ArrowArtboardCreated with Sketch.Title ChevronTitle ChevronIcon FacebookIcon LinkedinIcon Mail ContactPath LayerIcon MailPositive ArrowIcon PrintIcon Twitter
Politics

Cash, concerts and censorship in post-coup Thailand

Looking to gain the public's trust, one song at a time.

BANGKOK -- Thailand's rice farmers recently reaped a welcome harvest -- cash.

     "It's all thanks to the military," said an exuberant grower from Ubon Ratchathani Province in the country's northeast as he picked up 107,366 baht ($3,359) from a farmers cooperative bank this month.

     In the third in a series of articles on Thailand's recent coup, The Nikkei looks at the junta's approach to winning hearts and minds.

     The man was one of thousands of farmers owed money under a rice-subsidy scheme introduced to much fanfare by Yingluck Shinawatra, the prime minister until the Constitutional Court ordered her to step down in early May.

     Political turmoil held up the payments for seven months until the military seized power on May 22. Coup leader Gen. Prayuth Chan-ocha made paying farmers their due a top priority. Over three weeks, 90 billion baht was handed out to 800,000 households.

     "Backed by the king, the military is more trustworthy than politicians only looking out for their own interests," gushed the farmer.

     Army-affiliated Channel 5 television broadcasts scene after scene of happy farmers, portraying the coup as meant "to save the people."

     As part of its "bring happiness back to Thailand" campaign, the military staged a concert here on May 31. Against a backdrop of the Chao Phraya river, uniformed women soldiers belted out the latest hit songs to a cheering audience. Visitors were treated to free food and health checks.

     One young man at the concert was accompanying his parents, whom he described as opponents of the political movement of Thaksin Shinawatra, a business tycoon, ex-prime minister and brother of Yingluck.

     "If more people take part, both pro- and anti-Thaksin, it will help ease social tensions," the man said.

     The junta has also offered a free screening of a big-budget historical film about King Naresuan and put all World Cup games on regular television.

The day Facebook went black

But even as it dangles carrots, the junta is also brandishing the stick. People across Thailand were unable to connect to Facebook for about half an hour on the afternoon of May 28. Rumors began flying that the military had blocked access to the social network.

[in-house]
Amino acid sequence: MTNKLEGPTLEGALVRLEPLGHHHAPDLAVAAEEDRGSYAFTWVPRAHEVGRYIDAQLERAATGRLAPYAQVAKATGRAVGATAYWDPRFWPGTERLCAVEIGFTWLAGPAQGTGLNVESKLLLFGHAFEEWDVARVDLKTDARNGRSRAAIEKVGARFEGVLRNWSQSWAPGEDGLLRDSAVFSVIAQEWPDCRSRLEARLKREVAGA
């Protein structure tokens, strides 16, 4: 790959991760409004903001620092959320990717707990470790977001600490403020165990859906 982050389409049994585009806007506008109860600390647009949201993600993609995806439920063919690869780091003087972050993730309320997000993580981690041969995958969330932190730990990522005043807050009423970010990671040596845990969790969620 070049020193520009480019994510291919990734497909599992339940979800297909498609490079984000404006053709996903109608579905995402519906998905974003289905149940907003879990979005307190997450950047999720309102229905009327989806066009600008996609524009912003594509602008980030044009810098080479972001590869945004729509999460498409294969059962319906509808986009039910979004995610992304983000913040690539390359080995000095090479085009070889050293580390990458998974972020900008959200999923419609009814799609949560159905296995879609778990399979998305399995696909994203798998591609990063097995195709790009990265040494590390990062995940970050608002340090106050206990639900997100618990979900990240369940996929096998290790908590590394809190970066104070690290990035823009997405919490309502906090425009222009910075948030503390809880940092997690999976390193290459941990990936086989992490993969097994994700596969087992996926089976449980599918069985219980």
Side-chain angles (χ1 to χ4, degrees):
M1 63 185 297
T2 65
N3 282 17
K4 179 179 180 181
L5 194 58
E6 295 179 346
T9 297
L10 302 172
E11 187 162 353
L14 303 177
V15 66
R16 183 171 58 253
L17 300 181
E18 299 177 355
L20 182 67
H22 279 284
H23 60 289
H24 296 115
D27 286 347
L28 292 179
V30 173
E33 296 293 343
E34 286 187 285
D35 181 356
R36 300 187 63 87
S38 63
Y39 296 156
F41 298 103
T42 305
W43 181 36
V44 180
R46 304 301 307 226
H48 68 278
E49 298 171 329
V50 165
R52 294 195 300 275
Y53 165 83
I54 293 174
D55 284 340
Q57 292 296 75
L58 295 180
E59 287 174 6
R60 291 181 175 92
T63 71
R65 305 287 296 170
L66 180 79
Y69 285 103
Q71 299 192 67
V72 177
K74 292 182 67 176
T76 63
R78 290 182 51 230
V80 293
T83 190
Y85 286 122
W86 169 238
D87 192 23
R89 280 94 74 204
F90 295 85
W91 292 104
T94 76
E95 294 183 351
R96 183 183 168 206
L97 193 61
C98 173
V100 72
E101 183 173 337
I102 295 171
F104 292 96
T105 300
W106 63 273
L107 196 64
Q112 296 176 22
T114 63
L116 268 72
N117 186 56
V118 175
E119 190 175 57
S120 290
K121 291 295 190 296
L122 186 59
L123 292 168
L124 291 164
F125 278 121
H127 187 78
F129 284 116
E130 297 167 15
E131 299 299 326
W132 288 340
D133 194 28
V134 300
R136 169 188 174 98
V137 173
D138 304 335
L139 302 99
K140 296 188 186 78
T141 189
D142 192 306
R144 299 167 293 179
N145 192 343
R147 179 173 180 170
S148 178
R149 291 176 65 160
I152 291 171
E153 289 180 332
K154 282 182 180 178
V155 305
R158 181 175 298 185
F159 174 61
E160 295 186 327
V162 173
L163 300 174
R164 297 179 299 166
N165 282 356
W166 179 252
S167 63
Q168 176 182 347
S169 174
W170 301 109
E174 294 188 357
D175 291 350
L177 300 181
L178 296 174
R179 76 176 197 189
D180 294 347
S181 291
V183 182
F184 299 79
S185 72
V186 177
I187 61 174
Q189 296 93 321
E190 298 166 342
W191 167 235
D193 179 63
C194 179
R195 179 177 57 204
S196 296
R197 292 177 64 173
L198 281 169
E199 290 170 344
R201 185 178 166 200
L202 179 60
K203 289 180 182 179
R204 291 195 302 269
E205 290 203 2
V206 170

The junta blamed technical difficulties. But on June 7, a senior executive at Norway's Telenor, the top shareholder in Thailand's second-largest mobile carrier, Total Access Communication, told a Norwegian newspaper that the junta had ordered the Facebook blackout. Telenor later apologized for the executive's comment. But the episode only deepened suspicions that the blockade was a test for when the junta might really want to shut down social media.

     Some 26 million Thais -- about 40% of the population -- use Facebook, and 24 million use the chat application Line. Time was when a junta could simply seize control of broadcasters and telecoms. But Prayuth and company must contend with Internet-savvy critics who could be anywhere and everywhere.

     For a while, social activist Sombat Boonngamanong flouted a May 23 order by the junta to turn himself in. "Catch me if you can," he taunted the generals on his Facebook page.

     He used the social network to organize protests against the coup and led his pursuers on a wild goose chase. But they caught up with him in the end. "I've been arrested," Sombat wrote in his last post on June 5. He is now facing trial in a military court.

     Meanwhile, a ballad titled "Return Happiness to Thailand" written by none other than Gen. Prayuth himself has gone viral.

     "Let us be the ones who step in, before it is too late / To bring back love, how long will it take?"

     The song asks Thais for "a little more time" and "trust." But for the many like Sombat, such faith will not come easily.

Sponsored Content

About Sponsored Content This content was commissioned by Nikkei's Global Business Bureau.

You have {{numberArticlesLeft}} free article{{numberArticlesLeft-plural}} left this monthThis is your last free article this month

Stay ahead with our exclusives on Asia;
the most dynamic market in the world.

Stay ahead with our exclusives on Asia

Get trusted insights from experts within Asia itself.

Get trusted insights from experts
within Asia itself.

Try 1 month for $0.99

You have {{numberArticlesLeft}} free article{{numberArticlesLeft-plural}} left this month

This is your last free article this month

Stay ahead with our exclusives on Asia; the most
dynamic market in the world
.

Get trusted insights from experts
within Asia itself.

Try 3 months for $9

Offer ends January 31st

Your trial period has expired

You need a subscription to...

  • Read all stories with unlimited access
  • Use our mobile and tablet apps
See all offers and subscribe

Your full access to Nikkei Asia has expired

You need a subscription to:

  • Read all stories with unlimited access
  • Use our mobile and tablet apps
See all offers
NAR on print phone, device, and tablet media

Nikkei Asian Review, now known as Nikkei Asia, will be the voice of the Asian Century.

Celebrate our next chapter
Free access for everyone - Sep. 30

Find out more